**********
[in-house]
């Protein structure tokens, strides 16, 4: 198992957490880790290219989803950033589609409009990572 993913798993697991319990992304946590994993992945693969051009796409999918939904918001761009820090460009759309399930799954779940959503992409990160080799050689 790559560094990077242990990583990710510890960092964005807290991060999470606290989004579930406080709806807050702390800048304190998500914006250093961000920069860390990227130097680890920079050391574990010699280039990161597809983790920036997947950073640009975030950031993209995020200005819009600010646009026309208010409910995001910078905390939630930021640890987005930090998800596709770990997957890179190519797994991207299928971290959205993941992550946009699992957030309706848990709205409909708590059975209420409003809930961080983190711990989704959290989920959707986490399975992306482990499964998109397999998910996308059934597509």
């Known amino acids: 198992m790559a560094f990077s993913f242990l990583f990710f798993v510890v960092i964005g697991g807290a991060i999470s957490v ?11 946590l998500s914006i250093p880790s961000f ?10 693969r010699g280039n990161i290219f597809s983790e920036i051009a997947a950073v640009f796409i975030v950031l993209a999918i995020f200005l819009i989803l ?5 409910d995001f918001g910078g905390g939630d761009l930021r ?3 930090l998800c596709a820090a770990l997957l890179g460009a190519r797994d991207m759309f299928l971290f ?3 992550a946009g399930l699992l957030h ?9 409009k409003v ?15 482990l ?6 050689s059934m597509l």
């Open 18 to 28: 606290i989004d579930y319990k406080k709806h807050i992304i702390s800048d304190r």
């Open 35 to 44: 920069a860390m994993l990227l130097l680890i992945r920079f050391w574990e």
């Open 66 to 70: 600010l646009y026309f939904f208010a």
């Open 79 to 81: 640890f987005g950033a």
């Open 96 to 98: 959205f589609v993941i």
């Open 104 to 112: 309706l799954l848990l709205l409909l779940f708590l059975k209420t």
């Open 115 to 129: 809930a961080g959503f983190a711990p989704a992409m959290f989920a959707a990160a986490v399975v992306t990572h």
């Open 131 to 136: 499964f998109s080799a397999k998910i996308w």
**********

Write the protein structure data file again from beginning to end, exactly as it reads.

[in-house]
């Protein structure tokens, strides 16, 4: 198992957490880790290219989803950033589609409009990572 993913798993697991319990992304946590994993992945693969051009796409999918939904918001761009820090460009759309399930799954779940959503992409990160080799050689 790559560094990077242990990583990710510890960092964005807290991060999470606290989004579930406080709806807050702390800048304190998500914006250093961000920069860390990227130097680890920079050391574990010699280039990161597809983790920036997947950073640009975030950031993209995020200005819009600010646009026309208010409910995001910078905390939630930021640890987005930090998800596709770990997957890179190519797994991207299928971290959205993941992550946009699992957030309706848990709205409909708590059975209420409003809930961080983190711990989704959290989920959707986490399975992306482990499964998109397999998910996308059934597509």
């Known amino acids: 198992m790559a560094f990077s993913f242990l990583f990710f798993v510890v960092i964005g697991g807290a991060i999470s957490v ?11 946590l998500s914006i250093p880790s961000f ?10 693969r010699g280039n990161i290219f597809s983790e920036i051009a997947a950073v640009f796409i975030v950031l993209a999918i995020f200005l819009i989803l ?5 409910d995001f918001g910078g905390g939630d761009l930021r ?3 930090l998800c596709a820090a770990l997957l890179g460009a190519r797994d991207m759309f299928l971290f ?3 992550a946009g399930l699992l957030h ?9 409009k409003v ?15 482990l ?6 050689s059934m597509l």
């Open 18 to 28: 606290i989004d579930y319990k406080k709806h807050i992304i702390s800048d304190r």
């Open 35 to 44: 920069a860390m994993l990227l130097l680890i992945r920079f050391w574990e």
């Open 66 to 70: 600010l646009y026309f939904f208010a």
């Open 79 to 81: 640890f987005g950033a």
């Open 96 to 98: 959205f589609v993941i």
């Open 104 to 112: 309706l799954l848990l709205l409909l779940f708590l059975k209420t």
């Open 115 to 129: 809930a961080g959503f983190a711990p989704a992409m959290f989920a959707a990160a986490v399975v992306t990572h």
């Open 131 to 136: 499964f998109s080799a397999k998910i996308w």